A raucous crowd of more than 600 teachers and parents blasted potential state budget cuts for K-12 education during a rally today at Chaparral High School organized by the Clark County Education Association, the teachers’ union.
While leading state Democrats and school and union officials all spoke, some of the biggest applause lines were shouted from the gymnasium bleachers.
Audience members chanted “Recall (Gov. Jim) Gibbons” and called the Review-Journal “a rag” after Stephen Augspurger, the director of the principals’ union, the Clark County Association of School Administrators, cited political opposition from the “R-J editorial board.”
Thirteen-year-old Jakob Brounstein, an eighth-grader at Hyde Park Middle School, stole the limelight with an ornate speech that he later said was inspired by Martin Luther King Jr. and President Barack Obama. Brounstein told the assembled that America had grown too decadent to support education.
“It seems America’s brightest minds are its least valued,” he said.
Picket signs like “Will teach for food” and “A pay cut is a tax increase” expressed anger at the governor’s recommendation to cut teachers’ salaries by 6 percent to help close a budget gap brought on the economic crisis.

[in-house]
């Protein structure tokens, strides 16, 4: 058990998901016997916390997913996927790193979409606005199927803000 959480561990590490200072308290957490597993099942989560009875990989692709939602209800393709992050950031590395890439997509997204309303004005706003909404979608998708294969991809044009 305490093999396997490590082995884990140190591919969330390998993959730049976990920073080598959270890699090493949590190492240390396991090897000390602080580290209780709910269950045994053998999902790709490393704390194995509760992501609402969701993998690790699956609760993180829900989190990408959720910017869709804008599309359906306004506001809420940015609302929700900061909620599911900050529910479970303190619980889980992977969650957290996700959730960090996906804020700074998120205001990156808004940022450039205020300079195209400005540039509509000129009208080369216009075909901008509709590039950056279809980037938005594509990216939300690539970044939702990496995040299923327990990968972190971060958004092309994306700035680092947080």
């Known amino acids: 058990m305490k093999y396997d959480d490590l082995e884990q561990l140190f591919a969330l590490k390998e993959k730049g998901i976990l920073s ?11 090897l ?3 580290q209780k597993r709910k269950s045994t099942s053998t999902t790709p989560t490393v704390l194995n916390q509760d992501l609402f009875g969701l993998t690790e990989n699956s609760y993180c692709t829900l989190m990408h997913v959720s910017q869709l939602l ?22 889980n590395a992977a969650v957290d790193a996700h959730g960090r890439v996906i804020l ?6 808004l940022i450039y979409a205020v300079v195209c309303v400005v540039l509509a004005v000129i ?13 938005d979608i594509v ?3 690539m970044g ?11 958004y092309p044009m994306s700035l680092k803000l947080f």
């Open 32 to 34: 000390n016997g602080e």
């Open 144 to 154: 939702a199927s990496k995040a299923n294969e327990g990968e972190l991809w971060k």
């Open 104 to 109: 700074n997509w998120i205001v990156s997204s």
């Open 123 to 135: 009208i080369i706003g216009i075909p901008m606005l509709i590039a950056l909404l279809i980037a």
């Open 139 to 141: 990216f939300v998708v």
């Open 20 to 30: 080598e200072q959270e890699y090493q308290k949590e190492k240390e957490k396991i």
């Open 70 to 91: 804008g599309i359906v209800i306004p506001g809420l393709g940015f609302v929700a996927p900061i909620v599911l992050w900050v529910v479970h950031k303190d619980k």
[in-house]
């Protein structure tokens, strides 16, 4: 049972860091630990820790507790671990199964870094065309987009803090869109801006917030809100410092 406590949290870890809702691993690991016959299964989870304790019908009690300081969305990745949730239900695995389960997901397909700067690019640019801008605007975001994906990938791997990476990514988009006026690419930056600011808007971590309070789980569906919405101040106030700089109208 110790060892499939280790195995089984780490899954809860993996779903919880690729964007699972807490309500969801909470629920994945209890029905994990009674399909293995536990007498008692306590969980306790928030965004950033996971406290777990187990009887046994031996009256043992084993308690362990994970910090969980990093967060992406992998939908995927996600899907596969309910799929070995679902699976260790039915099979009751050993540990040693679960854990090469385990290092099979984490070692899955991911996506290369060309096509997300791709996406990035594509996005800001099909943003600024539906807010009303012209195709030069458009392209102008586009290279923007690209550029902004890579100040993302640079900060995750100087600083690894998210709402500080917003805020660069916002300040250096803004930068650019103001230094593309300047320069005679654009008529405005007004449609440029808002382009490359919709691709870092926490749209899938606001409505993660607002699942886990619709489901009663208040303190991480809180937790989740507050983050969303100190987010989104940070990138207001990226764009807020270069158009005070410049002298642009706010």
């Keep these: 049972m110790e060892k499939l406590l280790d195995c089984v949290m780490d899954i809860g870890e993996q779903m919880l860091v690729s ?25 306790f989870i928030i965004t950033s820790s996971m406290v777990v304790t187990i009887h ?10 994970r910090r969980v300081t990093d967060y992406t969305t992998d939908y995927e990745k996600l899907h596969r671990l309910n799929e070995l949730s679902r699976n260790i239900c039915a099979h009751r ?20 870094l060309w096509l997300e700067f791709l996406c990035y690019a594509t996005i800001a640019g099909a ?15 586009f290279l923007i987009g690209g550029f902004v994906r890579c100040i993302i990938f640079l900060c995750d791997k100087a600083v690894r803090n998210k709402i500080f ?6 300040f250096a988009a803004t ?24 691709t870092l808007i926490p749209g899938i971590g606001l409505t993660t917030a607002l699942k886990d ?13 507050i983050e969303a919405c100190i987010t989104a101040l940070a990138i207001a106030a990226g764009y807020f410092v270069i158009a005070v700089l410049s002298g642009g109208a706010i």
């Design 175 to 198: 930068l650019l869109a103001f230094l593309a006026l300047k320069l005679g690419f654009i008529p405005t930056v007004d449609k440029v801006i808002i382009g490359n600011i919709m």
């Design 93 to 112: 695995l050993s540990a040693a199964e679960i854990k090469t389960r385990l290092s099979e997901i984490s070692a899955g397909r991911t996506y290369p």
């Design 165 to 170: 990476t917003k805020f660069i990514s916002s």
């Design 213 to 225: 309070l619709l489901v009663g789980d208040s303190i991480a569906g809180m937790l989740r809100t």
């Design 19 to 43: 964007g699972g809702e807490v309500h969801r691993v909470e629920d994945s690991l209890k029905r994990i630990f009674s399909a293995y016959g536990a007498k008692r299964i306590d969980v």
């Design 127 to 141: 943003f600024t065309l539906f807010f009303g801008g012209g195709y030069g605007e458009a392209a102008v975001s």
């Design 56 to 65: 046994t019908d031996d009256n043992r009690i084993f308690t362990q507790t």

Another sign, “Taxes not axes,” uttered what was missing from politicians’ speeches — the mention of any new taxes. The sign holder was Joan Kissling, a science teacher at Brinley Middle School.
Instead of cutting the budget, Kissling said the state needed to raise taxes “on food, whatever it takes.”
In their speeches, Assembly Speaker Barbara Buckley and Sens. Steven Horsford, D- Las Vegas, and Joyce Woodhouse, D-Henderson, all sympathized with the crowd but did not give any specifics on how they would increase revenues or preserve programs.
After the rally, Woodhouse re-affirmed Democrats’ commitment to overhaul the budget and prioritize what should be cut and spared.
In an interview, Terri Janison, president of the Clark County School Board, said she was frustrated by the political process in Washington. Early promises of $179 million in direct federal aid for the district now seemed threatened by a Senate compromise that would remove education funding from the economic stimulus bill.
“It was dangled in front of us, now it’s pulled back,” she said.
Contact reporter James Haug at firstname.lastname@example.org or 702-374-7917.Slideshow